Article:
A Dedication to “The Lost Art of Steam Heating”
I was never an A student in high school or in college. It was my math and science classes that helped me graduate with a decent GPA. It was just something about problem solving and fixing things that was pretty cool to me. Give me a challenging math or science problem and I’d stay up till all hours of the morning trying to solve it. Give me a book to read and it was my cure for insomnia. Don’t get fooled, I’m no math wizard; I still have a hard time with fractions and decimals but with smartphone in my hand, I am a genius.
Since reading put me to sleep, after fighting to finish college in exactly 4 years, the last thing I wanted to do was read another book. In 2003 when a fellow SUNY Maritime Alumni, my new boss, gave me a book The Lost Art of Steam Heating you can only imagine how I reacted to reading a thick book. I didn’t understand the importance of continuing to educate myself; I felt after college, I was done! It’s only now do I understand to value of advice from successful superiors. I remember him telling me, "You need to treat this book like an engineers bible." Last week, after having the privilege of speaking to the legendary author of that masterpiece, did I really appreciate the value of the golden nugget that was thrown my way. If anyone doesn’t know who Dan Holohan is you need to visit HeatingHelp.com's store where you can purchase any of the 19 books that followed his initial signature piece.
Dan agreed to an interview on 8/10/16. (You can listen to this interview here.) In this interview, he shared his struggles with learning here’s what he said, “When I was in my 20s, I learned that I had a condition called dyscalculia. It's similar to dyslexia, but it applies only to a person's ability to work with numbers and concepts that substitute one thing for another, such as learning Spanish. I still can't do basic math.” Hearing his story really touched me because he added: “Many contractors, writing under pseudonyms, admit that they are dyslexia, and that this is what drove them into the trades in the first place. The trades are tactile. It's also why many contractors don't read instructions. They can't read well. Consider that most manufacturers use engineers to write their installation manuals. It then becomes a matter of trying to explain clouds to fish.”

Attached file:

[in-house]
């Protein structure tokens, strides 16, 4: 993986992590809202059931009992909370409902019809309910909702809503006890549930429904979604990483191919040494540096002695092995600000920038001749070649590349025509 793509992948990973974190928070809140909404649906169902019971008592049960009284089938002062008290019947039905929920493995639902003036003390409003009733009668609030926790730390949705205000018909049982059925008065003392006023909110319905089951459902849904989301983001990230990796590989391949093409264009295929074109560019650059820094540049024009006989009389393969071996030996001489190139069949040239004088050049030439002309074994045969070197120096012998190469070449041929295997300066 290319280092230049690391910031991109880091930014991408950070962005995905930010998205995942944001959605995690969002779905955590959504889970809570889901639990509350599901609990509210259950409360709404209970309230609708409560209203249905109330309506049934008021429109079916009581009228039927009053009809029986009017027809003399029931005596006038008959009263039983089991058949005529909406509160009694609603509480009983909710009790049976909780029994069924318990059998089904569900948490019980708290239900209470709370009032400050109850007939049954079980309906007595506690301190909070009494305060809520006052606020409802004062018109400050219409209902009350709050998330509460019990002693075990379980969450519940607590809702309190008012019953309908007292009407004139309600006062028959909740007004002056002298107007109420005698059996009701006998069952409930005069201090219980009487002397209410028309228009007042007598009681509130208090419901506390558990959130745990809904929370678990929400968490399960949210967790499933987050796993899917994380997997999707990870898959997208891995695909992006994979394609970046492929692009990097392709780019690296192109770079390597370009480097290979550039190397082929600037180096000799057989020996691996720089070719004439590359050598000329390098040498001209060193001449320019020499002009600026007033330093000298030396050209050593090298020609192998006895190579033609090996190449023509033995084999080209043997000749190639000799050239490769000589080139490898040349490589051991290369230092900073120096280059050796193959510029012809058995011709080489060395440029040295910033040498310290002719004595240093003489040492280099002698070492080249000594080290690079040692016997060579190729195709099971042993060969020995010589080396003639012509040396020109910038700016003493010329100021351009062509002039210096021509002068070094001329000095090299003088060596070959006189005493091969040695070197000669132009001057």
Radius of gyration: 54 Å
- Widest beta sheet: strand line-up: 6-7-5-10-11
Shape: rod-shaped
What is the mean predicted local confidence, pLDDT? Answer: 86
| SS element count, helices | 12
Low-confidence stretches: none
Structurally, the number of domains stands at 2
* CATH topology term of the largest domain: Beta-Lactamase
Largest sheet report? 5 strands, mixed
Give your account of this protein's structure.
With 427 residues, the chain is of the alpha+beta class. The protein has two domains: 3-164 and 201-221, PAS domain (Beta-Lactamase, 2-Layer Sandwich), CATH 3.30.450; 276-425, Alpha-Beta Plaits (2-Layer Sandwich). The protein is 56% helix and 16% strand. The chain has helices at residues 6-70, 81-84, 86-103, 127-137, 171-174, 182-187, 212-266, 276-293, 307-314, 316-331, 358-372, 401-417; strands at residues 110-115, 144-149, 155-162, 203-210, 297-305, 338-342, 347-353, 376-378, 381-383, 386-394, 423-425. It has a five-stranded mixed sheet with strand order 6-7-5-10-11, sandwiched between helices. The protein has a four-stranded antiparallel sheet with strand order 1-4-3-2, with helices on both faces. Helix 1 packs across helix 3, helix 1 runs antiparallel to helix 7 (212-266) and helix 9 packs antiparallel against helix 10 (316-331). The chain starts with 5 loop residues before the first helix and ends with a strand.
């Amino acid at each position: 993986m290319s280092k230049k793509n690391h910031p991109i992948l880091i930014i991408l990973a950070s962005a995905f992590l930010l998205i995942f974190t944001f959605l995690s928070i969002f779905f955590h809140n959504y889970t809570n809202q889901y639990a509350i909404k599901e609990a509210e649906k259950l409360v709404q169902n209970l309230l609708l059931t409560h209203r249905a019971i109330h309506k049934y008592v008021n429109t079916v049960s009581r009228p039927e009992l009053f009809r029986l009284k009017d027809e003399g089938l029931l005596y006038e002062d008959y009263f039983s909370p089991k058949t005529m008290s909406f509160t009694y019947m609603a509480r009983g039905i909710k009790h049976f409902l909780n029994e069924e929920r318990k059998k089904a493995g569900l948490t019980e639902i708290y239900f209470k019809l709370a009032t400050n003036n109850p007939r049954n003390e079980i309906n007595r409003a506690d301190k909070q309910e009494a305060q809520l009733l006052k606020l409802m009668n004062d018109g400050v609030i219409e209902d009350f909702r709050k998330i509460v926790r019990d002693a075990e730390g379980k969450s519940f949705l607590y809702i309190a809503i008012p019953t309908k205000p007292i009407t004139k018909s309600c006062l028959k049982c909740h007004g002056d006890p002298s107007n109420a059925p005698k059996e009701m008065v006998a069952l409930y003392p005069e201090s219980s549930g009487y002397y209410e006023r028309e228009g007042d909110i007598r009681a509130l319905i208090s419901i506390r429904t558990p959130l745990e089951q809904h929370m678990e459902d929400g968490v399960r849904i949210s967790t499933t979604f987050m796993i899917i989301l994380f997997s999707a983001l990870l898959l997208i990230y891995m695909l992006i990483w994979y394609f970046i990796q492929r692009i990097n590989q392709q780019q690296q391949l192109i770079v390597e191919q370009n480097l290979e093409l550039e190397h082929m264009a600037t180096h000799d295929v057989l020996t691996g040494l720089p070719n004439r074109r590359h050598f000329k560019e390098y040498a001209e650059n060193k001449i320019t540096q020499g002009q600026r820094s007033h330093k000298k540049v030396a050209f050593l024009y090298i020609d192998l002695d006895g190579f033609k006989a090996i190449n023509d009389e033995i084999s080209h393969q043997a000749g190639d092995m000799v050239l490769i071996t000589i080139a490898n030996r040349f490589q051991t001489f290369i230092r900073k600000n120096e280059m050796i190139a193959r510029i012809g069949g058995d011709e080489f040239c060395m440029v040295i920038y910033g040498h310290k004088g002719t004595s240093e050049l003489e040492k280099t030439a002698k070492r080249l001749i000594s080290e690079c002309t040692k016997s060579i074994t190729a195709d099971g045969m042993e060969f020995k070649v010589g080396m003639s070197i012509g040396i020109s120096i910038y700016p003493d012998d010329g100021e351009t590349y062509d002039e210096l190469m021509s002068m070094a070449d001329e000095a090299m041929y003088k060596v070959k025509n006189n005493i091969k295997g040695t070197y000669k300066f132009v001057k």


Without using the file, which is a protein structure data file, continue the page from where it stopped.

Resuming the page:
Not all tradesmen/tradeswomen have learning disabilities, but because everyone learns differently many can’t effectively communicate their ideas, their work sometimes goes unnoticed, and unappreciated. Even though I no longer work for LogCheck, I support their product because it gives operators the ability to have a voice. When Dan said, “I compensate for my lack of math skills by using pictures, which, I think, is what makes me a successful writer. I can explain things without using equations.” This reminded me of the photo feature the mobile app has. A picture says 1000 words, which allowed them to only have to say a few.
People in our industry don’t often share their struggles, so I’m sharing this story with all of you. Know that your jobs are important and it’s necessary to do rounds. Unless your building is one that may exist in the future with sensors covering every inch of it, you are the sensors. Operators are the eyes and ears of a building, plant or facility. We are not aesthetic plastic surgeons who focus on the pretty exterior; we are practical and logical thinking folks. We are building surgeons who are concerned with the internal organs of mechanical systems. Our skills are in demand and necessary. Building rounds provide the diagnostics and require trained people. I tell you Dan’s story because he graduated college at 36. It’s never too late to learn and I encourage every operator to continue to educate him or herself and get a copy of The Lost Art of Steam Heating. I promise, you will learn something you didn’t know before. If you have a copy, read it again. Superstars can be created with the right tools, proper training, and determination. If you are interested in advancing your career with an online national certification in HVAC, please visit www.ebs.nyc.
Annmarie Bhola is an engineer and the owner of Enhanced Building Solutions, LLC. EBS is committed to transforming the culture within the building industry through training and leadership.